Downtown Streetscape, Electric Alley Projects Face Scrutiny in Covington
A lot of talk but little action continues to be the theme of streetscape project in Covington.
On Tuesday night, the city commission heard from Duke Energy representatives about why plans to improve the appearance of some downtown blocks are connected to the Electric Alley project, which aims to create a pedestrian-vehicular pathway between Fifth and Sixth Streets near Gateway Community & Technical College's urban metro campus.
While the two projects are technically separate, they are connected by their energy needs.
Plans for both entered the city's conversation six years ago during the development of the City Center Action Plan (CCAP) and the revelation of Gateway's original plans for the urban metro campus. In the CCAP, a need to better connect downtown Covington with Madison Avenue was identified as a need, with Sixth Street noted as an obvious route.
Electric Alley sits between Gateway's Technology, Innovation & Enterprise (TIE) building on Madison Avenue and the college's Two Rivers building on Scott Boulevard. Early renderings showcased a pedestrian-friendly area with seating and lighting, offering an attractive connection between Fifth and Sixth Streets.
Since both projects were first discussed, downtown Covington has seen an intense revitalization, but these two projects lag.
In 2015, Electric Alley was awarded $800,000 in state grant funding, and with a $200,000 match from the City of Covington, the $1 million project was slated to begin that summer.
Part of the Electric Alley project would be to place nearby utilities underground. Before the grant funding was awarded to the city, a planned chocolate shop on Fifth Street disappeared due to the presence of a large utility box that prevented facade work.
But when the Sixth Street streetscaping project faced a budget shortfall last year, Mayor Joe Meyer suggested scrapping the Electric Alley project and using the $800,000 for Sixth. Then-city engineer Mike Yeager explained that the grant money was specifically awarded for the Electric Alley project and could not be used for anything else.
The Sixth Street project was awarded $1.6 million in grant funding but the city found itself needing to make up more than $1 million when Hendy Construction's bid came in at just over $2.8 million (on top of $235,000 of utility work by Duke Energy to place poles and wires underground).
In October of last year, Yeager explained to the city commission that the Sixth Street project could not move forward without approval to move forward on Electric Alley.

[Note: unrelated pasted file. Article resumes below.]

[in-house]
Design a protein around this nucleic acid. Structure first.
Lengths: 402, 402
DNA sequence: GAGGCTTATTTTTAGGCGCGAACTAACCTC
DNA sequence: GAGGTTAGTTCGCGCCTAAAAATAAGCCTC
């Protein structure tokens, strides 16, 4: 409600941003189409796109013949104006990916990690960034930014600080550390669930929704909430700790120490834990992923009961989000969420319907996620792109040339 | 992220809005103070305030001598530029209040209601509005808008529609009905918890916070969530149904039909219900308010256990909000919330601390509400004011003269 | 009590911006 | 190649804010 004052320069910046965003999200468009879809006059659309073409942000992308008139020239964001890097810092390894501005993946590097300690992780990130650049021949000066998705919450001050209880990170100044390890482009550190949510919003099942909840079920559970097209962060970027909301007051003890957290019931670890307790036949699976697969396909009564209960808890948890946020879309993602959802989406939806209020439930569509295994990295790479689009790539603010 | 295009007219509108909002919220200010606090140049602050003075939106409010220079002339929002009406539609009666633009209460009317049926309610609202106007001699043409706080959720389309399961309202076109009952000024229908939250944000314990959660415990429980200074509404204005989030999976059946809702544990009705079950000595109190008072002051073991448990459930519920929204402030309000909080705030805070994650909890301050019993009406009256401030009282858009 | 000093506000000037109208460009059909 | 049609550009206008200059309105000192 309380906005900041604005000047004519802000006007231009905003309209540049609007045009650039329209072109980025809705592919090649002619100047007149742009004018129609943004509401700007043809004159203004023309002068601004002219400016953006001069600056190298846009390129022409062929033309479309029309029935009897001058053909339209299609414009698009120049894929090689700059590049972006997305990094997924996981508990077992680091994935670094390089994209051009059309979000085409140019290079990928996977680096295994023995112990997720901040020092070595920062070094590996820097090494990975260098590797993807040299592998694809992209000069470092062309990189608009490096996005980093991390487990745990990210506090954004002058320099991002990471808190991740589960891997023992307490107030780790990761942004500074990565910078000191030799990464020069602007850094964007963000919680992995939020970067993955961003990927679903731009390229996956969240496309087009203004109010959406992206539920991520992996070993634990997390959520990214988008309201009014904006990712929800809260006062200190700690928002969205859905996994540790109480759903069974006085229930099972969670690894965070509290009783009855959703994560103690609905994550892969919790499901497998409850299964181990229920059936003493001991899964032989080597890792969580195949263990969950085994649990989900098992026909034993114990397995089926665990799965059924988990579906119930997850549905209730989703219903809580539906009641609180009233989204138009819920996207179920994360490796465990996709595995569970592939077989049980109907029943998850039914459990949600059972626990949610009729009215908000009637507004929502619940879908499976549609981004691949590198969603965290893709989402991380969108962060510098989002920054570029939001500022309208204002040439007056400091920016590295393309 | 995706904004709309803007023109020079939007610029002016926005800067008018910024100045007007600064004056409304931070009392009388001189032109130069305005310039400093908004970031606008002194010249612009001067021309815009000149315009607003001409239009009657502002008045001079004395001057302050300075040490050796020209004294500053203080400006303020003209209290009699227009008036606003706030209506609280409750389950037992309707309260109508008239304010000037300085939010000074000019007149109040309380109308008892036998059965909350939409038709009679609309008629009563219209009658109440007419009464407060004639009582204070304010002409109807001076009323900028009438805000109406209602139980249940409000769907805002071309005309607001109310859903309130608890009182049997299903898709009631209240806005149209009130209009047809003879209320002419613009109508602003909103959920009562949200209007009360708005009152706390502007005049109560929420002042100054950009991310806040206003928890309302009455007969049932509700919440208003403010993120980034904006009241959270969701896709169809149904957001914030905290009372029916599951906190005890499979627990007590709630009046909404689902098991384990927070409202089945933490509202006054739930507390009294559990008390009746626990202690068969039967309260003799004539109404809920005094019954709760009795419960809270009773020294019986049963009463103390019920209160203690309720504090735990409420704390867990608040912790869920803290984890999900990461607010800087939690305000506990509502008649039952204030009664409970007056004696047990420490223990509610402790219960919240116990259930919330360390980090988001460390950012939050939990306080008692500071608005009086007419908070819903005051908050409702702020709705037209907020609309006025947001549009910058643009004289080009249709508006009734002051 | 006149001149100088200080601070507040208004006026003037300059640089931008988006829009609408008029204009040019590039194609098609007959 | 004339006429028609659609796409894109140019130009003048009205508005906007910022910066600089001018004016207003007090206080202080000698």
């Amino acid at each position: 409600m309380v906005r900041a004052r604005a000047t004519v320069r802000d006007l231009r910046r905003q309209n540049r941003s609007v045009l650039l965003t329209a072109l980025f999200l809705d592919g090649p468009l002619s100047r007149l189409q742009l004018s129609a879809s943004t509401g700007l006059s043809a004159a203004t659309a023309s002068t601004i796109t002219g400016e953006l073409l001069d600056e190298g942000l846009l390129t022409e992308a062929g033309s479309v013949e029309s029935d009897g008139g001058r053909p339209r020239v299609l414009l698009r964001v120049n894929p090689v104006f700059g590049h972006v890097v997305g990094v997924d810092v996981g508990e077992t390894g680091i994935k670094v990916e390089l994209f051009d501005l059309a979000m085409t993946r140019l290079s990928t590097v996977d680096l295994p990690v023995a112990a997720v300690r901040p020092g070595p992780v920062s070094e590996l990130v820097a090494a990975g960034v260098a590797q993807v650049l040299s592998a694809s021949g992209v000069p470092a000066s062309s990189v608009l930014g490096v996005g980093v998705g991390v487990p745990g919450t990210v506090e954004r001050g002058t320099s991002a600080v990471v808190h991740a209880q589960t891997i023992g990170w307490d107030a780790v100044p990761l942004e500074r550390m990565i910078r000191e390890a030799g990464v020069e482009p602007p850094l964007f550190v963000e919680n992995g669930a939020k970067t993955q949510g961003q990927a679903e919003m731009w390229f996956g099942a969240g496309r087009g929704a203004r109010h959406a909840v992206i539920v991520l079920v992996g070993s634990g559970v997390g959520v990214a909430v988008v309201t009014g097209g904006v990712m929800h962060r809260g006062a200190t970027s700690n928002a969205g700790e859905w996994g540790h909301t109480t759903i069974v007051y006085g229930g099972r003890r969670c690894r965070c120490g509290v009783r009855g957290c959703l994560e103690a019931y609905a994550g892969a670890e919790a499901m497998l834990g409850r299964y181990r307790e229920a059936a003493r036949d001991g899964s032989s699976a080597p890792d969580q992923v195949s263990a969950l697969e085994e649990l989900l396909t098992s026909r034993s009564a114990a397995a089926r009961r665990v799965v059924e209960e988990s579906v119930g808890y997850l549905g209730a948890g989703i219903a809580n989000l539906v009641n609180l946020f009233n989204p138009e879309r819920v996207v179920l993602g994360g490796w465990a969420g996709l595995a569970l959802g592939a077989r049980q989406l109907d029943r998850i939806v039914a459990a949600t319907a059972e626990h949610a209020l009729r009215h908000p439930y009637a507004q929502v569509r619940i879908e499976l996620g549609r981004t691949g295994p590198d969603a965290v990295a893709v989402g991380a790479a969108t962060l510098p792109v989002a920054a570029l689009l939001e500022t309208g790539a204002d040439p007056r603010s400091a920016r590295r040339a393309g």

At the time, the commission opted to delay any action until they could understand why both projects needed to happen together.
Since then, Yeager has been forced out of his position and four more months have passed.
Finally, on Tuesday, an explanation was given.
The issue is a "major circuit" on Scott Blvd., which Bob Hofstetter, of Duke Energy, compared to an interstate highway, noting it as the main line for distribution to the surrounding blocks.
"When we have a circuit like that, we have to maintain that. That's your main artery," said Hofstetter, who also served as Duke's designer when utilities were placed underground on Madison Avenue.
He noted that Duke is asking the Public Service Commission to finance its plan to add a smart grid in the area to eliminate such problems in the future.
Meanwhile, as the city figures out the scope of the design for the 6th Street project, it may invite Gateway leaders to a conversation about what the college plans to do with its Two Rivers building. Meyer asked whether the city knows what the college's plans are.
Last year, when the mayor questioned Gateway's plans, president Fernando Figueroa responded that the school is committed to its downtown Covington effort. "Gateway supports the Electric Alley project, as evidenced by our continuing commitment to maximize the use of the property on the corner of Scott and Sixth streets, the Two Rivers building. We also plan to open the carport area attached to that building for a gathering space that will be accessible to students and the community," Figueroa said a year ago.
"We are committed to the City of Covington and the entire NKY region.”